Is cornstarch gluten-free?

Cornstarch is naturally gluten-free however there is always the possibility of cross-contamination during processing. If you are highly sensitive to gluten, look for one that is certified gluten-free to ensure it contains less than 20 parts-per-million (ppm) of gluten, the lowest level that can be consistently detected in foods using valid scientific analytical tools.

overhead photo of cornstarch in a measuring spoon beside a small bowl of cornstarch

 Is organic cornstarch healthier?

Nutritionally organic and non-organic cornstarch are the same. However, If you want to avoid genetically modified organisms (GMOs) and potentially harmful pesticides, opt for organic cornstarch since conventional corn is commonly genetically modified and treated with potentially harmful pesticides.

What are some healthier substitutes for corn starch?

If you’re looking for healthier substitutes, here are some you might consider: 

Heat reduction
Good ol’ evaporation will thicken anything you are trying to cook. Simmer sauces uncovered, over low heat for a period of time and your sauce or soup will thicken on its own.

Pureed beans and vegetables
Pureed vegetables and beans are great for thickening sauces, homemade soups, casseroles. Cooked zucchini, onions, eggplant, cauliflower, squash, and pumpkin get very soft with cooking and are easy to puree. Additionally, canned beans (especially white beans) are great thickeners as well — just drain and rinse them to reduce the sodium. These types of foods actually increase the nutritional value of recipes since they also contain healthy vitamins, minerals, fiber, and antioxidants.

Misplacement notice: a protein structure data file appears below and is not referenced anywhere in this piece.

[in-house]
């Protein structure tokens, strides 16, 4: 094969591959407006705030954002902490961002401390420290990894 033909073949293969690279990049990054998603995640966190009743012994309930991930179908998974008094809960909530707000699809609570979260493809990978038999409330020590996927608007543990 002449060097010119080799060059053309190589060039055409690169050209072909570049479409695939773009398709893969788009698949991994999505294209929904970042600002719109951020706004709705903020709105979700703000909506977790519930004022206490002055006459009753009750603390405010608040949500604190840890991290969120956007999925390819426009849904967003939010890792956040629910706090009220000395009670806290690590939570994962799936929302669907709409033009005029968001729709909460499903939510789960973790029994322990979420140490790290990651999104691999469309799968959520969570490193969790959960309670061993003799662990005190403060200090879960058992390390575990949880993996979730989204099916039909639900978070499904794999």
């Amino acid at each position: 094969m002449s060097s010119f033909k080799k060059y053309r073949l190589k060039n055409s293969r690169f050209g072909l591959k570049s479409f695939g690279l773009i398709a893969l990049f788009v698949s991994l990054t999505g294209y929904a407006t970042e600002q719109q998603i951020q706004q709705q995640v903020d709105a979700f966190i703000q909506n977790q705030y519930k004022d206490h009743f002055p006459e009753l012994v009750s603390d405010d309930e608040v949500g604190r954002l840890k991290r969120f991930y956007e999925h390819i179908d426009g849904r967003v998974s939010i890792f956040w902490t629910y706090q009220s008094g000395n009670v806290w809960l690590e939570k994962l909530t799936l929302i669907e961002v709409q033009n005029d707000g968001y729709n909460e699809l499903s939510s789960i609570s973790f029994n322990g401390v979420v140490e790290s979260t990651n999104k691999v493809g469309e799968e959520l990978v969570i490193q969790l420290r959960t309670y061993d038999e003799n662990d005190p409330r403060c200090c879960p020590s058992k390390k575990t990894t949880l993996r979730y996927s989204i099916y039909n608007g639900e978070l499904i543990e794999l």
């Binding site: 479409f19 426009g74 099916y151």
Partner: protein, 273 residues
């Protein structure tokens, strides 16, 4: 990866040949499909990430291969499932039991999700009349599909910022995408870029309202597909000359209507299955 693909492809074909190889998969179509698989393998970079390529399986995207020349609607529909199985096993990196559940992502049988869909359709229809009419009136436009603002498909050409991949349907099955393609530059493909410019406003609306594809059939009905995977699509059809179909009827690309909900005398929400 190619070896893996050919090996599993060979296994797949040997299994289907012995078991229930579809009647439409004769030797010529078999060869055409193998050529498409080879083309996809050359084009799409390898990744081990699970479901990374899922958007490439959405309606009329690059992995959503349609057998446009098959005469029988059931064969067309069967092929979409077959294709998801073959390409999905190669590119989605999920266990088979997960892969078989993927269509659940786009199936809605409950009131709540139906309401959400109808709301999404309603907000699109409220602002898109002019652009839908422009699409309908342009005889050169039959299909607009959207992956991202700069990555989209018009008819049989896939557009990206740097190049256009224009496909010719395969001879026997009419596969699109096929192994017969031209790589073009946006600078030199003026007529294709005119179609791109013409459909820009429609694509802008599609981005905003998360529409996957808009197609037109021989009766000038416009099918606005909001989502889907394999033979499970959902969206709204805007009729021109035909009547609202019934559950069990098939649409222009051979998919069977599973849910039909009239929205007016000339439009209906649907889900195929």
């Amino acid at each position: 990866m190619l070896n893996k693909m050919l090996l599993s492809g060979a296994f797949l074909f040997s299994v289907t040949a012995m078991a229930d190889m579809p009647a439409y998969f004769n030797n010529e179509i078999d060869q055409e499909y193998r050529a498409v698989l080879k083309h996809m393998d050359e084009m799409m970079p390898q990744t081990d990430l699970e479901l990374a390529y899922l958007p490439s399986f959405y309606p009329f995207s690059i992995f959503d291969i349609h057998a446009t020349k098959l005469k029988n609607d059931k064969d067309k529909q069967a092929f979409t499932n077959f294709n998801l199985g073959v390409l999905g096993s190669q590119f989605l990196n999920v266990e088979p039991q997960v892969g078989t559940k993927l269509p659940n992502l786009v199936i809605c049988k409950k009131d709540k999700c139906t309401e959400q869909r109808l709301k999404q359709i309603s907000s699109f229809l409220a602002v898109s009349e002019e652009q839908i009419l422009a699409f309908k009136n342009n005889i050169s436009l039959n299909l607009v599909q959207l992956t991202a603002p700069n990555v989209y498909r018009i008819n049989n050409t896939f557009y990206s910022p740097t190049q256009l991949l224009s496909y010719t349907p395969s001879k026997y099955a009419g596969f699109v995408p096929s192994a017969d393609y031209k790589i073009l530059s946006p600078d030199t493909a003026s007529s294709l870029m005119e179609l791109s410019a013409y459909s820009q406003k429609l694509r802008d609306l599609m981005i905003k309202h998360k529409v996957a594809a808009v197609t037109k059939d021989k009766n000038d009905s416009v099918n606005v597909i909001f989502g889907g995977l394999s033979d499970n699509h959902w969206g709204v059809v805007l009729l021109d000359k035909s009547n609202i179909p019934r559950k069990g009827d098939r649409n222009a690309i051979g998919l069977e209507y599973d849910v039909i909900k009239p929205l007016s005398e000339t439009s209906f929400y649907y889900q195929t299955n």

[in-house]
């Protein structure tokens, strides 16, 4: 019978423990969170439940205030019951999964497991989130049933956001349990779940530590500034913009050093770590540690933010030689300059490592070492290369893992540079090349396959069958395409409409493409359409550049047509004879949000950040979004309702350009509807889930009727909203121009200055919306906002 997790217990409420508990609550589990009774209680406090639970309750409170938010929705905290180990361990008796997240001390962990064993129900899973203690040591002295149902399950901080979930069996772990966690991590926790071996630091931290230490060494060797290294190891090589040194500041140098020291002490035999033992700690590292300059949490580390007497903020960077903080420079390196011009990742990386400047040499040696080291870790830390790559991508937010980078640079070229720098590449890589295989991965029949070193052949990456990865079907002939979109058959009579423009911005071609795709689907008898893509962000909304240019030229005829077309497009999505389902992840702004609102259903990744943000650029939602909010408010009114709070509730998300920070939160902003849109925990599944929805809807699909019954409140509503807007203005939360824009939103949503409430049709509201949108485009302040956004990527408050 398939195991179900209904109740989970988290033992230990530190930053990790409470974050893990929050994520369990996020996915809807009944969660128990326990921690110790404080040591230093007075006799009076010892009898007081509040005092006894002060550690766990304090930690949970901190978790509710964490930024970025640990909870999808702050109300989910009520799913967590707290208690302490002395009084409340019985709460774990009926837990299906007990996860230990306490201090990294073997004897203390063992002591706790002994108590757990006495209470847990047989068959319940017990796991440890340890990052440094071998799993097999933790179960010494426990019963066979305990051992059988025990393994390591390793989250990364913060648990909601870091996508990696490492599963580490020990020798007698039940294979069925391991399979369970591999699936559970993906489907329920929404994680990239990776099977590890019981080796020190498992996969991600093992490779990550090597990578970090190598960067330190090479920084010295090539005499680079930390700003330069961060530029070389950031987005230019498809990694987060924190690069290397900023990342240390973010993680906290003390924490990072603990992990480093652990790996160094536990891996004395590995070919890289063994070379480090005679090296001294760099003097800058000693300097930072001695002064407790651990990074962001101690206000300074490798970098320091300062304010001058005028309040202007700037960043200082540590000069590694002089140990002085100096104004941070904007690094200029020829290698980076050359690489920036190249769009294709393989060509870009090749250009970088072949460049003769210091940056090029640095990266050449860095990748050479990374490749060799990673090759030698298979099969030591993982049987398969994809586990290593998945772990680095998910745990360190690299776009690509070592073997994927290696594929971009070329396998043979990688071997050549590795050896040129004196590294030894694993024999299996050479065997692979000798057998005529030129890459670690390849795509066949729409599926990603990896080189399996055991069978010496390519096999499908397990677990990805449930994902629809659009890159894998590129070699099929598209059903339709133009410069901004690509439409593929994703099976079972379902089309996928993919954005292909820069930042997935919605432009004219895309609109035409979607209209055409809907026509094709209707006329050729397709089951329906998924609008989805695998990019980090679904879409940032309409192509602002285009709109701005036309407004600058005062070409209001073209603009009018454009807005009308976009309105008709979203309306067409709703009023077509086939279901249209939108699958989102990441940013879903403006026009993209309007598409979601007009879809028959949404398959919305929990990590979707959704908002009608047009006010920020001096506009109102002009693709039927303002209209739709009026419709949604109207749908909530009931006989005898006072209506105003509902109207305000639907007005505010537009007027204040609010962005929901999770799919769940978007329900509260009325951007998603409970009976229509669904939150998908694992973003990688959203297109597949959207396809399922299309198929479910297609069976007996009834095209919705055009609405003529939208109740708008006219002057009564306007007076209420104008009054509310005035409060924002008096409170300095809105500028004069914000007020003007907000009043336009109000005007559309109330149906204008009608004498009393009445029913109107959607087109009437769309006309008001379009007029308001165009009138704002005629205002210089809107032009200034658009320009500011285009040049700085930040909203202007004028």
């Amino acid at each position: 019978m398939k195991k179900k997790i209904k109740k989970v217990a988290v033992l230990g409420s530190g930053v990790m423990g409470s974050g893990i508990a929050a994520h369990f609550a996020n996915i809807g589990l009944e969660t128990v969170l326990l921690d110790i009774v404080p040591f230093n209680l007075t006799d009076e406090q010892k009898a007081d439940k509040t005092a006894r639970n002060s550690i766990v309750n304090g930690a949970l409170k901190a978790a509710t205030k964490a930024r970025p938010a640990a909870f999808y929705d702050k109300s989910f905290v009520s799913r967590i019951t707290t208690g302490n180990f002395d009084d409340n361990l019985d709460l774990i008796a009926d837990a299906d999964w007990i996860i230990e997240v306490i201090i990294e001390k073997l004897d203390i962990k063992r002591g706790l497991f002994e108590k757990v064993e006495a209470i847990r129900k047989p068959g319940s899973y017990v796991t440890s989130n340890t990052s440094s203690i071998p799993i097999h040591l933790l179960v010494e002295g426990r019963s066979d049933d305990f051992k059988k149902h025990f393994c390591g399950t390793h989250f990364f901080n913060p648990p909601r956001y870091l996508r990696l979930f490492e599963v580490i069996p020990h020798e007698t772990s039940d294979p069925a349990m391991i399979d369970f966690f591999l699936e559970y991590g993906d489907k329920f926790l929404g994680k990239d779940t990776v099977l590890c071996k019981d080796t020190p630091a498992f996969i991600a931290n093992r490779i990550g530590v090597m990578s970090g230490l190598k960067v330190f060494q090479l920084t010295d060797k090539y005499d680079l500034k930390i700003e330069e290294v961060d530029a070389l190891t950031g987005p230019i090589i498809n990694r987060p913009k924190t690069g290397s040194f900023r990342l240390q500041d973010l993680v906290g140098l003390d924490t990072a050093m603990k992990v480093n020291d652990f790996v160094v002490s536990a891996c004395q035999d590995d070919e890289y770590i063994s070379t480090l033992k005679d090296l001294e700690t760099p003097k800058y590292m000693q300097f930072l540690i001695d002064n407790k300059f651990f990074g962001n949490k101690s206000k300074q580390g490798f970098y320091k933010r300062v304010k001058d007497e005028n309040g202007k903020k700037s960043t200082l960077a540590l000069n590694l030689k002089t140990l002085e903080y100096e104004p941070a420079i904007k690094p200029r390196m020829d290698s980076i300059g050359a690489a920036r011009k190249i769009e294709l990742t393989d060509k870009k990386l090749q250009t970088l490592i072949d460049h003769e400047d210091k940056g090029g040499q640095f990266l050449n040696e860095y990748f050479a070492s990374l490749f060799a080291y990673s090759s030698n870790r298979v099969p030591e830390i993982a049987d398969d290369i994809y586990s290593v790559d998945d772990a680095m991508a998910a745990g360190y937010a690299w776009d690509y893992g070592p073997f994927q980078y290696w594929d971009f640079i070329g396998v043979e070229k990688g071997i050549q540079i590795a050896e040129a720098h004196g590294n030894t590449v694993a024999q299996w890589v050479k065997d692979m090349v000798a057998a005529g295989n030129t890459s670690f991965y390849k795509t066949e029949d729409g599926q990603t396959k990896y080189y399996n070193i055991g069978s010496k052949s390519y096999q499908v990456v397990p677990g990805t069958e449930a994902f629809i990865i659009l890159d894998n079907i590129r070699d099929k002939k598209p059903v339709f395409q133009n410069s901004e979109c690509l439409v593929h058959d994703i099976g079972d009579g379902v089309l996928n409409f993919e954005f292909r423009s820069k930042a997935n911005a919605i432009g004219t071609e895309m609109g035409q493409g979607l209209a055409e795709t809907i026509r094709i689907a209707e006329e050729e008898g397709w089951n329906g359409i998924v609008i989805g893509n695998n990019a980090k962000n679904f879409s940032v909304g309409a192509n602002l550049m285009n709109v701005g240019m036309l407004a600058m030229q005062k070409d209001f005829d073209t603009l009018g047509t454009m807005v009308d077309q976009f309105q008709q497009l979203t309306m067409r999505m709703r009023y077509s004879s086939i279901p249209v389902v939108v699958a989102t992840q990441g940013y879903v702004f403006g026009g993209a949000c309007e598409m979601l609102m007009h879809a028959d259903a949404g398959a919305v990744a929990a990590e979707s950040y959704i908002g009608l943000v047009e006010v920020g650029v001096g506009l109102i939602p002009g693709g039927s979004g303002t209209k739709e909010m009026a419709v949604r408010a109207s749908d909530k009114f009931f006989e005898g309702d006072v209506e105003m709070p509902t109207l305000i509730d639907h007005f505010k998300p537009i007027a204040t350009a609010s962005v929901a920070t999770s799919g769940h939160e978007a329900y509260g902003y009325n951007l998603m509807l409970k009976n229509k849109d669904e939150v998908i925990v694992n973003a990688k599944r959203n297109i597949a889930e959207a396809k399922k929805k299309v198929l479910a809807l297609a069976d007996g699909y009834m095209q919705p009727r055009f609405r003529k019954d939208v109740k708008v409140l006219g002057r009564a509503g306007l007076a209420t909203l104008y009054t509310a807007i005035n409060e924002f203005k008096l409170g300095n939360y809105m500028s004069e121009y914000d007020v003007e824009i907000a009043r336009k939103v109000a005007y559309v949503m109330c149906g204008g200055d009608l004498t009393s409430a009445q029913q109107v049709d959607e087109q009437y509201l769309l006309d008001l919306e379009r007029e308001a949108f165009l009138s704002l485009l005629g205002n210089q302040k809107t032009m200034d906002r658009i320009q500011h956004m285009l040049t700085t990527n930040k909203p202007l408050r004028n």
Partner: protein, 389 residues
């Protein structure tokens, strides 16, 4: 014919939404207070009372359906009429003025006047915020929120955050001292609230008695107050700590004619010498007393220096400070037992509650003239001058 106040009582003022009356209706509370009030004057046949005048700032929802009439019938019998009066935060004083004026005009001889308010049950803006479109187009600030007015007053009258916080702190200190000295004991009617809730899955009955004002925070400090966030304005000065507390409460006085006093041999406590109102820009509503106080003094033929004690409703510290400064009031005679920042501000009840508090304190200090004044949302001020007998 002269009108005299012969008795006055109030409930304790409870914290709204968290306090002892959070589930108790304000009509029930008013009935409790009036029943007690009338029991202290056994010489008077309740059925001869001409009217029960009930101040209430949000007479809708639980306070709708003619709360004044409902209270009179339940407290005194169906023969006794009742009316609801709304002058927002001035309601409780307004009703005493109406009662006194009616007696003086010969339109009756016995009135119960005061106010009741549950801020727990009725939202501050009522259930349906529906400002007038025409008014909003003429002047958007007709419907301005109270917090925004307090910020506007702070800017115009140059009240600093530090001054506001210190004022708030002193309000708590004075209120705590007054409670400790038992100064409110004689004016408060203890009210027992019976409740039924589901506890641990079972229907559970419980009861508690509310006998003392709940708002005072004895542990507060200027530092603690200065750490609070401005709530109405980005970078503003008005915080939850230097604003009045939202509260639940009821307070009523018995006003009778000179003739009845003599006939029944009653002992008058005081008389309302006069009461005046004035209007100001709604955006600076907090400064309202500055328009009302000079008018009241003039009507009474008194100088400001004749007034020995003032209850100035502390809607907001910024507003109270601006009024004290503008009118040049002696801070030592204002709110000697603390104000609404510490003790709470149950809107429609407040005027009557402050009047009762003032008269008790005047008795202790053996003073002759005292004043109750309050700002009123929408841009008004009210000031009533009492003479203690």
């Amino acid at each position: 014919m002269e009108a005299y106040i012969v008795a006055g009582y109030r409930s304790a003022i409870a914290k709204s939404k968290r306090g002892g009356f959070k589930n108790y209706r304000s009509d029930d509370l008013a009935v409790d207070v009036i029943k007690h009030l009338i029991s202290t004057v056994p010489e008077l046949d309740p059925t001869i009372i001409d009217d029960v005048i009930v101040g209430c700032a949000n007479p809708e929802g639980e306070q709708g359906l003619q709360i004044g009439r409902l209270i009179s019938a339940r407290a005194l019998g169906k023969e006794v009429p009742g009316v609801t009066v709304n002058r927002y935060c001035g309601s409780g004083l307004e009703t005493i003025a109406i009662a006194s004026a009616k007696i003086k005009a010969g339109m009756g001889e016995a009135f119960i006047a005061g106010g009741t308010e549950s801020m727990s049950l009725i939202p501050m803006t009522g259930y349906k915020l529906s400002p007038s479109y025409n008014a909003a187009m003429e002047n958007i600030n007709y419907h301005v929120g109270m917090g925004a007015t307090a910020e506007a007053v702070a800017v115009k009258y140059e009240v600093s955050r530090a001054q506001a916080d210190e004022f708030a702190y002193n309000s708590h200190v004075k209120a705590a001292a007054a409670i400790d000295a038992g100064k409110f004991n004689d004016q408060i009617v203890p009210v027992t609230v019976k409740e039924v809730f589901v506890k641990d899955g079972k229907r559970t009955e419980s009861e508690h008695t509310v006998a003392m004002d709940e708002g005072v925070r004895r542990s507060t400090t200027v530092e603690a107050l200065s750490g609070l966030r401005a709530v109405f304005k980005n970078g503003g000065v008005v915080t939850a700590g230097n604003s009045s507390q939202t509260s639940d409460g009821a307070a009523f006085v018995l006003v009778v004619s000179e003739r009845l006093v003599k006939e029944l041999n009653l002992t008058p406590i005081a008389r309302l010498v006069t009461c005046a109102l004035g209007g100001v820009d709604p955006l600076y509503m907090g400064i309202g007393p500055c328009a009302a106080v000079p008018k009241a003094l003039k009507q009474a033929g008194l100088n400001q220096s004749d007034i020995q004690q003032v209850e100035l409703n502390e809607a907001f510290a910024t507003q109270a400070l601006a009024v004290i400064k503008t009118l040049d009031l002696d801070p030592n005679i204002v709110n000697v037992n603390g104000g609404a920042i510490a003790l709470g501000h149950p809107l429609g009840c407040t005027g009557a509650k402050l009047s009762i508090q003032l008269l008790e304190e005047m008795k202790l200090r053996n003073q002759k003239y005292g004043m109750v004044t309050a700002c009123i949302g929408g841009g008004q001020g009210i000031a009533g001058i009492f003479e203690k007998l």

Whole wheat flour
Whole wheat flour has both B vitamins and fiber, two nutrients cornstarch does not. Since cornstarch has twice the thickening power of flour, you will need to double the amount of flour in recipes.

Tapioca flour
Tapioca flour is a great binder and thickener that is also gluten-free and vegan.  

Arrowroot powder
Arrowroot powder has fewer calories and carbohydrates than cornstarch, and contains protein, potassium, iron, magnesium, B vitamins and vitamin C.

Greek yogurt
Plain Greek yogurt will thicken and add creaminess to dishes. For best results, stick with full-fat and add it at the end of cooking to minimize separation and curdling. 

Flaxseed meal
Ground flax seed can be a bit gritty but it works great as an egg substitute especially in baked goods.

Nut butters
Nut butters are a good source of healthy fats, fiber, protein and can also thicken recipes, especially sauces. Just keep in mind most nut butters have about 90-95 calories and 9 grams of fat per tablespoon. 

The Takeaway.

Avoiding cornstarch in large quantities or in processed foods is a good idea because it is calorically dense and has little nutritional value. However, if a recipe calls for a small amount (1-2 tablespoons) the calories and carbohydrates cornstarch will contribute to the recipe likely won’t impact overall health or weight loss.